Either way, it's a must to have an amplifier of any kind. Practicing electric guitar without one can be pretty complicated since you have no real feedback to rely on. Besides, there's no fun in 'dry' playing an electric guitar. It pretty much makes zero sense.
With that said, let's jump into our top picks for each type of amp in each budget range. Whether you want the best tube amp, best solid state amplifier, big or small amp or budget, we've got you covered. You'll get the best amp for your money. Let's rock.
Note: Each image and text link leads to Amazon.com where you can read additional user reviews, find specific technical detail listings, see additional product options, and make your purchase.
Now that we know what guitar amplifiers are and what flavors they come in, let's check out some models. The first type we'll focus on is the combo amps group. Three models listed below are what we consider to be great choices in this class. While there are tons of models that could make the list, we had to choose the no-brainers that will be a win for everyone hunting in each category. Make sure to check out the other models in each series if you want some extra bang for your buck.
Marshall's combo amps have always been a safe choice. With them, you generally don't have to worry about quality, even with cheaper models such as this one, as they all rock sufficiently. What's awesome about the Marshall MG50CFX and the rest of the MG series is the fact that they have managed to capture the core of that classic Marshall tone at such an affordable price.
The one we are looking at today is a solid state amp that packs some 50 Watts of power. That is plenty enough for home use, practice, and live gigs, all packed into an affordable choice for beginners who don't need an insanely huge amp or aren't sure they'll play forever, but without sacrificing on quality. If you decide to start gigging, this beast will serve you well in nearly any sized venues, like bars and restaurants, in terms of volume. In large venues like an auditorium it can still work since you'll likely be miked at that point. Other options in this series include 15, 30, and 100 Watt models. If you plan on playing live, I'd make stick to the 50 Watt version, which will cover you in any sized venue.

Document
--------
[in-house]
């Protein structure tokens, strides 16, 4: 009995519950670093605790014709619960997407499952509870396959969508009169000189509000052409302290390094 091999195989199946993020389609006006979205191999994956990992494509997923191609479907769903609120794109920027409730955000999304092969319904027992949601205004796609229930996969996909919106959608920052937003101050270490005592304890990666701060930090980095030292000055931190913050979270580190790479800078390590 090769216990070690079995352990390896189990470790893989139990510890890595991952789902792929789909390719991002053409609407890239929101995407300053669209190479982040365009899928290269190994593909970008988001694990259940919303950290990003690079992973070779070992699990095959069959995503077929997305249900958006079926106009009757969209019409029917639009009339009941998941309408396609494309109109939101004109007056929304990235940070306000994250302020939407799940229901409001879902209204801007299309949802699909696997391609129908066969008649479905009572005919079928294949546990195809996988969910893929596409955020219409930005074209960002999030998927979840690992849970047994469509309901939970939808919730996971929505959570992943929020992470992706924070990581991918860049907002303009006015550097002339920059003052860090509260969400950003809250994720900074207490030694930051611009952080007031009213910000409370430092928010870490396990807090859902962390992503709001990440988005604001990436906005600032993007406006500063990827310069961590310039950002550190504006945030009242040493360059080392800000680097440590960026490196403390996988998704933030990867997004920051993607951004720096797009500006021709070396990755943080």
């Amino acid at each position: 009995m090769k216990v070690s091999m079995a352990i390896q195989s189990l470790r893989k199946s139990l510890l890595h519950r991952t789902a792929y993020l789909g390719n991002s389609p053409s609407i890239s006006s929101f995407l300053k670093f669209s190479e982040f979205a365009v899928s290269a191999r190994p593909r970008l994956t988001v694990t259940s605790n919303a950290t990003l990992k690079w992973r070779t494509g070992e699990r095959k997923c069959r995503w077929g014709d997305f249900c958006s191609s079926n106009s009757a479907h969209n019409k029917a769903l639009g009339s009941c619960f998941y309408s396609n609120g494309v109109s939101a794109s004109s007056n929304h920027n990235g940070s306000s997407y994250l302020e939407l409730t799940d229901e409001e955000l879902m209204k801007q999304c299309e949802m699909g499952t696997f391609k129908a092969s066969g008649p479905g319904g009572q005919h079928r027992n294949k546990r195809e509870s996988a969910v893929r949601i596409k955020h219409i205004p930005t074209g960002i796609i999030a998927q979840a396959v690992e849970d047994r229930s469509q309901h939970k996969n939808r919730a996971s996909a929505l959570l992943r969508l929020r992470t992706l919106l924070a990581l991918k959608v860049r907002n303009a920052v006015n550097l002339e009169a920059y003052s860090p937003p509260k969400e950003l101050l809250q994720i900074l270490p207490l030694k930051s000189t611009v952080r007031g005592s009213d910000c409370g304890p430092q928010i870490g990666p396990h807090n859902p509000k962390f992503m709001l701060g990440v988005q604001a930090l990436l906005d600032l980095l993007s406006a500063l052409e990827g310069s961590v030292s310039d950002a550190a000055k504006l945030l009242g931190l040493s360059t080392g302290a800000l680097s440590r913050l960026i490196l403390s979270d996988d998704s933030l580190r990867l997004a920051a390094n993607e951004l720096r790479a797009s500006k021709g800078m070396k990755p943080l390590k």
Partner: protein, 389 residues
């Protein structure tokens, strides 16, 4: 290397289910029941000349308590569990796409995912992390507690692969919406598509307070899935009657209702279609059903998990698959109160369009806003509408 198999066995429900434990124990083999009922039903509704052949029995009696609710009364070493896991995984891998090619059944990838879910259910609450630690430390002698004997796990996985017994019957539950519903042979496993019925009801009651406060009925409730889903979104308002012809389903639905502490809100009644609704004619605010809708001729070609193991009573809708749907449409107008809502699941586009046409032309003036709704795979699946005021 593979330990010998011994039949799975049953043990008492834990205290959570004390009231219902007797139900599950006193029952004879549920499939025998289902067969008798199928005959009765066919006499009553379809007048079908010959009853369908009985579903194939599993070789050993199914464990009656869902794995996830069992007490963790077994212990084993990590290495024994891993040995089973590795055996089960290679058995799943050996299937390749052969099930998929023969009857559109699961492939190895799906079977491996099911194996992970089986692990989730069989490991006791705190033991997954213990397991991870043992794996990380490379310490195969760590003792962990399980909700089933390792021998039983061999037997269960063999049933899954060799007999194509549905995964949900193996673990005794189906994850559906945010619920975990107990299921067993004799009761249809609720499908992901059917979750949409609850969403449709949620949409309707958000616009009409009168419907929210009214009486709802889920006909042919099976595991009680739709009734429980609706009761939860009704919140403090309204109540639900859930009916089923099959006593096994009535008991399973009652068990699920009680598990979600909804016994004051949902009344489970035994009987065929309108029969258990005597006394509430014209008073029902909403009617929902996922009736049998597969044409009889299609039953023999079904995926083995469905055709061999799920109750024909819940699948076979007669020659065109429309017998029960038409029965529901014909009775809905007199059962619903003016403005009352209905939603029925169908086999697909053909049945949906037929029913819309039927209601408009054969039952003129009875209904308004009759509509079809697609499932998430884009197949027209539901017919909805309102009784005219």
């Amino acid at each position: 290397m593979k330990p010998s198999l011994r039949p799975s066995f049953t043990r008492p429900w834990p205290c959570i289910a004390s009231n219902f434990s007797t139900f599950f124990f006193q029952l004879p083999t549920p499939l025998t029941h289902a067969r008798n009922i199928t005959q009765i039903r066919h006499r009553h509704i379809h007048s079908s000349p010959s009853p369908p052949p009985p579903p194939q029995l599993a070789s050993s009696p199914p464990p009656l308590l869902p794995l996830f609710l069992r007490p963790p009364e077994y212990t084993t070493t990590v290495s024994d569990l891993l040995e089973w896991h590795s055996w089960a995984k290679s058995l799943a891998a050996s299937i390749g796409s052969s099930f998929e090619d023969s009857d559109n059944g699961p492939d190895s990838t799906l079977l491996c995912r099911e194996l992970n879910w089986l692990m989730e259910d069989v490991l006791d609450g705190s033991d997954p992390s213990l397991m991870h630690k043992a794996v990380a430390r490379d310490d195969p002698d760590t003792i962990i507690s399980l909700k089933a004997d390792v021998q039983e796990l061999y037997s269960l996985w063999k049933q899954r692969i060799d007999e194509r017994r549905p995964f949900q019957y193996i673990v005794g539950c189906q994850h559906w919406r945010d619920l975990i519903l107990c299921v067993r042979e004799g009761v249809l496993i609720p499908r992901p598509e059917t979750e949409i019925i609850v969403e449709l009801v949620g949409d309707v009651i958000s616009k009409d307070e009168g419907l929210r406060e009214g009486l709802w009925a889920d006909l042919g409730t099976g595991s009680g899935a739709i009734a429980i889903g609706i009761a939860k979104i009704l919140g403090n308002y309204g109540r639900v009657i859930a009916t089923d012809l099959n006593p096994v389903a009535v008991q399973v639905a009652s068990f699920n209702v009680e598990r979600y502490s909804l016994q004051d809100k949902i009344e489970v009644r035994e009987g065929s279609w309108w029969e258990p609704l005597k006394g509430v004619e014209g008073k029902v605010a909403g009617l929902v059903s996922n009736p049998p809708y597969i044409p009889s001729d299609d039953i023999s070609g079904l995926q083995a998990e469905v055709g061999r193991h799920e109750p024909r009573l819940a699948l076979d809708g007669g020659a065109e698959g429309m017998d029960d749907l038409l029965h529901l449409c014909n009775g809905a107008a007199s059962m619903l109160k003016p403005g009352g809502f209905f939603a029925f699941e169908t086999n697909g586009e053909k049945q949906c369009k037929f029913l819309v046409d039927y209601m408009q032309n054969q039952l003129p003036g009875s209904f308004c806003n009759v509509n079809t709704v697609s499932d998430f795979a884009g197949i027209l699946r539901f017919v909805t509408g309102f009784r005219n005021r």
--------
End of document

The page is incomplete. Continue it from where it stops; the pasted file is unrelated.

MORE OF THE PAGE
When it comes to features, there are several things worth mentioning from this line-up. First thing first, it comes with four different channels. There are no twenty built in distortions like on modeling amps, but Marshall's solution is arguably more stylish. You have the Clean channel, Crunch, OD1, and OD2. That's the same configuration as the one seen on Marshall's popular 100 Watt heads. If you want more choices (you likely won't) you can solve it with a distortion pedal.
The amp is built tough with enough durability and protection to survive all kinds of environments and applications. In terms of tone quality, everything is solid. The Clean choice is warm but defined and the Crunch channel is just the right amount of spicy. When it's time to get into OD1 and OD2, you are looking at various levels of gain to achieve the overdrive, which sounds like you would expect... delicious distortion.
All the channels are wired to a single three-band EQ, which is pretty standard. A cool thing about the MG50CFX and the rest of the series is that they allow you to store various channel settings. In other words, you can save a specific tone you've dialed in with the equalizer for future use.
OD2 is arguably the go-to choice for heavier stuff while OD1 is geared more towards classic rock. Other features worth mentioning are the effects. Marshall usually includes at least a reverb, but this time around you get that as well as a chorus, phaser, flanger, and delay.
Up next we have another great British box, this time from Orange Amplifiers. Their Crush series has proven to be a great choice for fans of heavy sound, especially those on a budget. The amp itself is incredibly simple, which is awesome if you are into clean designs.
The design and build quality of the Orange Crush 20 amp is great. It's a classic Orange combo, meaning that the exterior is covered with an orange colored vinyl and the control cluster features that classic Orange layout. This is a 20 Watt amp with a single 8" speaker, although they offer a smaller 12 Watt option as well, which is great for in-home playing. I'd personally stick with the 20 Watt for volume versatility, for the tiny difference in price. You can jump up to 35 Watts as well if you feel the need.
All of the controls are located on the top of the amp, right next to the carry handle. Speaking of which, this pup weighs some 17 lbs, making it a fairly light amp. Traveling with it is pretty easy. In terms of performance, there are two things you need to know about Orange amps.